I have immense sympathy for Drs Percy and Morris, and indeed all teachers who treasure the relationships that they seek to foster with their charges – relationships that are indispensable to the best kind of learning environment. I began as a university teacher in 1976 (I have always regarded myself as a teacher, a provoker of learning, rather than an academic) and within months I made the decision never to see a female student in my office with the door closed. Not long after I resolved not to see ANY student in my office unless the door was open and… Read more »

Last edited 22 days ago by Stanley Monkhouse
Dr Michael Blyth
Dr Michael Blyth
23 days ago

Utter farce. Is the dean suspended on full pay till 2023/24? Just asking for everyone expected to pay their family purse until then.

Kate
Kate
23 days ago

“Christ Church remains committed to a full review of its governance structures in due course, but this cannot take place until the Employment Tribunal has concluded.
 
Commentors seem to have accepted the veracity of this logic. Can I ask why? I am struggling to see a reason.

brcw2
brcw2
Reply to  Kate
23 days ago

It seems to jar somewhat with the following statement that ”In the meantime, Governing Body is continually reviewing and updating our policies and procedures” – apparently policies and procedures are fine to review in the meantime, but not structures.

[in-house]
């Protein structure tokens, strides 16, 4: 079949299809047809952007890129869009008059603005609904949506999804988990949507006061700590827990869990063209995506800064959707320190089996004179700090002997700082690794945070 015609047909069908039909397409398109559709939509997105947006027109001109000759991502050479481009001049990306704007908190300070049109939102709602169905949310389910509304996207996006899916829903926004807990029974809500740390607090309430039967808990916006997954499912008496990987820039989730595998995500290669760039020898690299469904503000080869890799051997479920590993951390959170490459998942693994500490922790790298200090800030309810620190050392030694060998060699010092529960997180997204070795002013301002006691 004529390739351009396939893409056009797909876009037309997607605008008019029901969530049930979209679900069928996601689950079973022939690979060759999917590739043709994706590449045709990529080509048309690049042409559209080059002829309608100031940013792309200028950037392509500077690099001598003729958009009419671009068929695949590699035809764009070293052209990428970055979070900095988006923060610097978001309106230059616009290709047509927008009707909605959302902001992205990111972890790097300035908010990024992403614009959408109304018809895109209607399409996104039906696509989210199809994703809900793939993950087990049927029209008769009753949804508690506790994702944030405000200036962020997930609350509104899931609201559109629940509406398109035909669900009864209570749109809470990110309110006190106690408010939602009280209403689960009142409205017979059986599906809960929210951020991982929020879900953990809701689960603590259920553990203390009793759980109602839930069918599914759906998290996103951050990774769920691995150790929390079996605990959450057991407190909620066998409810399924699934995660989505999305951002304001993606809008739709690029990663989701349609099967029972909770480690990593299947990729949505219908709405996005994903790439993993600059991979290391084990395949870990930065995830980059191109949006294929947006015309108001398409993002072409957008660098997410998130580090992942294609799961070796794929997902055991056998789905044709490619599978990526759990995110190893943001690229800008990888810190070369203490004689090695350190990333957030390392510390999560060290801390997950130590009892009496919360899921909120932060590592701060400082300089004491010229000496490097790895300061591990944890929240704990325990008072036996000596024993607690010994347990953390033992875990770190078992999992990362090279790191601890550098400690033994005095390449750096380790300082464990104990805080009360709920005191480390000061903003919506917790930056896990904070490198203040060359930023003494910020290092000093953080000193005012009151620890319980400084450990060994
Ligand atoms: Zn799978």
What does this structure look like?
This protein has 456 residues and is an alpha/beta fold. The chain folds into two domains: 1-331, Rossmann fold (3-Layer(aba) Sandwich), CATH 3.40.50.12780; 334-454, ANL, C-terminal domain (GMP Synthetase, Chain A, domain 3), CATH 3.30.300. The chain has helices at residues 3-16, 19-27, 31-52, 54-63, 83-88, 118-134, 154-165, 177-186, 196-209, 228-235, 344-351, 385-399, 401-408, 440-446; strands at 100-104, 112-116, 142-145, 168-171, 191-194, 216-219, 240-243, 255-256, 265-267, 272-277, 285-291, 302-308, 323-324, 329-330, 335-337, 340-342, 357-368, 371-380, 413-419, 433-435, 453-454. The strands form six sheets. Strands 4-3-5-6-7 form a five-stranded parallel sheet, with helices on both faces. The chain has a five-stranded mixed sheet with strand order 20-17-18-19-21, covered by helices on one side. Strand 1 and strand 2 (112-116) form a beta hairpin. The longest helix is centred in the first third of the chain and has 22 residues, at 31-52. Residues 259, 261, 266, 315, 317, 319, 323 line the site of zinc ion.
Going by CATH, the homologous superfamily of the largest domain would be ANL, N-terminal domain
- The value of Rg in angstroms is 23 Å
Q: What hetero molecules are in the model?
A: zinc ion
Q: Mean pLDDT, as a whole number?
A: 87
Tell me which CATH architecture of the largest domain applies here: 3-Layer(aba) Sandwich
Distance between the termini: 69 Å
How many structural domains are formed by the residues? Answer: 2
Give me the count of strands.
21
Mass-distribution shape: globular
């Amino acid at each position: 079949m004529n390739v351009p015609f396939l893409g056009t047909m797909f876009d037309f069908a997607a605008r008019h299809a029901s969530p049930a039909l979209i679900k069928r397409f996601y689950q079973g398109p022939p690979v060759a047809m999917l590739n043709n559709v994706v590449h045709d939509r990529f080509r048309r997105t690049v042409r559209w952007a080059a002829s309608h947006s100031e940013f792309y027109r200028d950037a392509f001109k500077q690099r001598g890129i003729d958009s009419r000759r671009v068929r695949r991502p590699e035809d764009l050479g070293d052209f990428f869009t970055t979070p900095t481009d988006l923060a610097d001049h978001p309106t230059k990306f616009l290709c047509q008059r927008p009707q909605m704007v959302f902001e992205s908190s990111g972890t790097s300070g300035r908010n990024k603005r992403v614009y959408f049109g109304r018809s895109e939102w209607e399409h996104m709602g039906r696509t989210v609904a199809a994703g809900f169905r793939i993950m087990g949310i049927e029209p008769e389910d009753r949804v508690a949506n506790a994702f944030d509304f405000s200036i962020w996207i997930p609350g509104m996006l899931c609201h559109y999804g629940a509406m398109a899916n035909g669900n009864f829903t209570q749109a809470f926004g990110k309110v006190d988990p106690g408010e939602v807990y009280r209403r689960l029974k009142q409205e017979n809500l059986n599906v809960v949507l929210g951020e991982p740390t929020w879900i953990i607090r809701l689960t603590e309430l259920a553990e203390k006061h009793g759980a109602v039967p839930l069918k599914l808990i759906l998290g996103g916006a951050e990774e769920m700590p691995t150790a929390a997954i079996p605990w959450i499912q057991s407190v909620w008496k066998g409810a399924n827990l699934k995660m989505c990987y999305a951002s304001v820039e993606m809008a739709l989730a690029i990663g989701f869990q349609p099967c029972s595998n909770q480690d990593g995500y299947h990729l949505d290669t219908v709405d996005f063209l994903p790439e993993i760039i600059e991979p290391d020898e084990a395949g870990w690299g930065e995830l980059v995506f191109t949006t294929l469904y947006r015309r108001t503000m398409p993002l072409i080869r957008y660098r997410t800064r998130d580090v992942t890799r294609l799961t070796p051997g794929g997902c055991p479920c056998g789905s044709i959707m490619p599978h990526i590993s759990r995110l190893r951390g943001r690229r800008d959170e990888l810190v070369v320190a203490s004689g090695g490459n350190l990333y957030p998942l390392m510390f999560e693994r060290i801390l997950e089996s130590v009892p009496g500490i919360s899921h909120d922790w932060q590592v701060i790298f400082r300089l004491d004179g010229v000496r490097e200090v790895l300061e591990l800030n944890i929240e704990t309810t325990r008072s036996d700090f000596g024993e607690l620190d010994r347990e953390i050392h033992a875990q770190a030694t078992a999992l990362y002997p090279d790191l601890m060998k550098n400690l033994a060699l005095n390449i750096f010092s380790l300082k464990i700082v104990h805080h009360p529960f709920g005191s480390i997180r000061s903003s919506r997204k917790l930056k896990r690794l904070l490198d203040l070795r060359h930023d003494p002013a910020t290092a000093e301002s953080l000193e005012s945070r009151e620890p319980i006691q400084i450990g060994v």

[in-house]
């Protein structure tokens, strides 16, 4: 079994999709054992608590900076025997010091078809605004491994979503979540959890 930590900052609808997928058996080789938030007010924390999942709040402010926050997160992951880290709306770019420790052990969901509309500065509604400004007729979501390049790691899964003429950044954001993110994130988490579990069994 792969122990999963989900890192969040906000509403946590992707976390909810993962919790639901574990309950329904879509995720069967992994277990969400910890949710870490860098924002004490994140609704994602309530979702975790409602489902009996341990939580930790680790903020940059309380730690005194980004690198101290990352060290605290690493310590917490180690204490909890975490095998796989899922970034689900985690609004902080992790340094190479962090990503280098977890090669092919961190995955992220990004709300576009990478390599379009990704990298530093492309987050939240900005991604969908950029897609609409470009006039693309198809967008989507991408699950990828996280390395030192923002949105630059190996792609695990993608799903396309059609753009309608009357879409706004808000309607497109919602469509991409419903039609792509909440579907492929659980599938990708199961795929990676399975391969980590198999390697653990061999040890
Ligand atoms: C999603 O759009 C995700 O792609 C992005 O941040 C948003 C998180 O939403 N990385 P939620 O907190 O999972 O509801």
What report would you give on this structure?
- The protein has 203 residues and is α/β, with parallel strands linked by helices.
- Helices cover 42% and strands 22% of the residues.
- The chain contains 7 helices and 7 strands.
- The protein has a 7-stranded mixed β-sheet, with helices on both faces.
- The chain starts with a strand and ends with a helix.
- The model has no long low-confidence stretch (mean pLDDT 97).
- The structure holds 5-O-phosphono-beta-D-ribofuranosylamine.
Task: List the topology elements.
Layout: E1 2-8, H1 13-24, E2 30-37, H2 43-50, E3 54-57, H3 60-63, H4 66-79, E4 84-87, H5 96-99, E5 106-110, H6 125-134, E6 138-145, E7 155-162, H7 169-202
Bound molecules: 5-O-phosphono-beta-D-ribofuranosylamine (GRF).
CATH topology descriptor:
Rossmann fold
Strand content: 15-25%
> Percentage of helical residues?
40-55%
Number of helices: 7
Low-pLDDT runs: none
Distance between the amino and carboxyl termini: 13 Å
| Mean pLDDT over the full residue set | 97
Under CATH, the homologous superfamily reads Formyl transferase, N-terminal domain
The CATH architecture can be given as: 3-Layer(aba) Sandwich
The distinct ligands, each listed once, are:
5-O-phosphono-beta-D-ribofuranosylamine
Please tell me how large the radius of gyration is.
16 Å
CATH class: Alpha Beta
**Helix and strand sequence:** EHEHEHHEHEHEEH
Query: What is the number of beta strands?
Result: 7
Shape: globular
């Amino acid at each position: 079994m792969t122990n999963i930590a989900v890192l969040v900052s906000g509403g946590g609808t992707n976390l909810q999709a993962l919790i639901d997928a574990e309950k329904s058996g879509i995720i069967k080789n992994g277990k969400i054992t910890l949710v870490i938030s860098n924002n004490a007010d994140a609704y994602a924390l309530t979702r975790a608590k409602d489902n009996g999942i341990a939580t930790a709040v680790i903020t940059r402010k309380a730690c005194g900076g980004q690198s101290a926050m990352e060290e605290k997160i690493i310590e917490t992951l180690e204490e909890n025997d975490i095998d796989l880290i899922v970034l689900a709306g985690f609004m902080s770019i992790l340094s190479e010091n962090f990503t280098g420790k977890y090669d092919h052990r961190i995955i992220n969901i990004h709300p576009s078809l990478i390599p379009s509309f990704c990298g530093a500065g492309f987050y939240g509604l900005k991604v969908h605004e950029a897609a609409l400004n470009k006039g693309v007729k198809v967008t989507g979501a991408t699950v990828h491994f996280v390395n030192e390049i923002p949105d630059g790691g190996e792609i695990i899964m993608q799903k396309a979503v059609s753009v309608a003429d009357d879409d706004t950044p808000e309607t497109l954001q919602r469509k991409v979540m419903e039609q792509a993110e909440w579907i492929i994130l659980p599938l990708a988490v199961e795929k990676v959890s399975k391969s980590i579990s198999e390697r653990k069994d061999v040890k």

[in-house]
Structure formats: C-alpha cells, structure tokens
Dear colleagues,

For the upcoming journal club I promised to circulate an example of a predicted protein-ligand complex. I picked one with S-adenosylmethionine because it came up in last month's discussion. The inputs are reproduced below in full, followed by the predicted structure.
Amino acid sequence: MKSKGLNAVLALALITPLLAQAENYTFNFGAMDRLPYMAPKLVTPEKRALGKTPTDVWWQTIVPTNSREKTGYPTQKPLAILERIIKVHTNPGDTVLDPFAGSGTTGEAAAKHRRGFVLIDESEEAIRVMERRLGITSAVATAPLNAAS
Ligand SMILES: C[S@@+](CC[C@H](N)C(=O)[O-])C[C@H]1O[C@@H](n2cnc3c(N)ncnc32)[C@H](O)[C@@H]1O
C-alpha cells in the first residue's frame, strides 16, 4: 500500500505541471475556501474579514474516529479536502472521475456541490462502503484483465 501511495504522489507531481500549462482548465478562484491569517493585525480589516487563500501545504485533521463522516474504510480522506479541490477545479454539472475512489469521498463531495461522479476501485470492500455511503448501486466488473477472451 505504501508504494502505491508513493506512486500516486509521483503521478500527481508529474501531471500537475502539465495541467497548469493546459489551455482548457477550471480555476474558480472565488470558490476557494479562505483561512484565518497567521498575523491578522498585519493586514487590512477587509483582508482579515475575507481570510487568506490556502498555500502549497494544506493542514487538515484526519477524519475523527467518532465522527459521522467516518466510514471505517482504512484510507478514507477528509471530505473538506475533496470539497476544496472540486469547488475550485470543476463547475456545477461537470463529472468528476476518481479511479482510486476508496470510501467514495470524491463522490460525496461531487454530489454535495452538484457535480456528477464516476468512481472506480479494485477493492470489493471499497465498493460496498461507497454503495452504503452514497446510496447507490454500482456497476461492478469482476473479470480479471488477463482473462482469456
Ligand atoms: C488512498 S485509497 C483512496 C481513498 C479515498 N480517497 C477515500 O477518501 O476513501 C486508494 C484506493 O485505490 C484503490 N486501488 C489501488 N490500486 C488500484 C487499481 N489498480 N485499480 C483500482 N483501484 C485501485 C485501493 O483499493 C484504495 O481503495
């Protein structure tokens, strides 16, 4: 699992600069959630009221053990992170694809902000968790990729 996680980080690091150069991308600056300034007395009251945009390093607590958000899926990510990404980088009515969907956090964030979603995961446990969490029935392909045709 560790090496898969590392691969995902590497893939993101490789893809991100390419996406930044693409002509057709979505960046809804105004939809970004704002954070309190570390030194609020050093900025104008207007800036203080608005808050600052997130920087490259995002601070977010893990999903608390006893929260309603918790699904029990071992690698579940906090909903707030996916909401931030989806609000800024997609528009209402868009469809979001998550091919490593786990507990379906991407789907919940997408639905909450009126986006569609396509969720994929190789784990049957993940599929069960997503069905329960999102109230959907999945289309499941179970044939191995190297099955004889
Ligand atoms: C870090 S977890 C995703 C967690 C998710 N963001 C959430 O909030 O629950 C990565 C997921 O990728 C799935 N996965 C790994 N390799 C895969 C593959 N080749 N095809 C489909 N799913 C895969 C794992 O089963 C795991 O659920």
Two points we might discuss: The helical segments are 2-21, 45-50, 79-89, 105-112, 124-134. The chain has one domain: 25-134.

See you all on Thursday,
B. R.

primroseleague
primroseleague
Reply to  Kate
23 days ago

the only one that immediately springs to mind is that if the review recommends changes, those may weaken the defence against the Dean’s claims, as they constitute an acknowledgment that there’s an issue.

Jill Armstead
Jill Armstead
23 days ago

I hope the ET throws this unmeritorious claim out.

Janet Fife
Janet Fife
Reply to  Jill Armstead
22 days ago

In what way do you feel the Dean’s complaint against the College is ‘unmeritorious’? And surely that’s for the tribunal to decide?

Jill Armstead
Jill Armstead
Reply to  Janet Fife
22 days ago

Of course. All claims are only accepted if they merit a hearing.

Roger Button
22 days ago

I am somewhat mystified. I was not aware that he ‘withdrew’, I thought he was told to keep away because he was a safeguarding threat. However, there is no indication on the Christchurch website that he is not in post.

Alison Baker
Alison Baker
22 days ago

Meanwhile, Christ Church is offering (on a fixed-term two-year contract) what is, effectively, the role of acting-Dean – ‘an exciting opportunity to join a friendly college’ no less!

https://www.chch.ox.ac.uk/vacancies/executive-assistant-censor-theologiae

Froghole
Froghole
Reply to  Simon Sarmiento
22 days ago

Many thanks. I guess that the censor theologiae chairs the governing body in lieu of the dean. However, if the dean is effectively suspended, the senior and junior censor (who would usually run the college with the dean) remain the main executive authority. They will be supported closely by former censors and other officials, like the steward.

Rowland Wateridge
Rowland Wateridge
Reply to  Froghole
22 days ago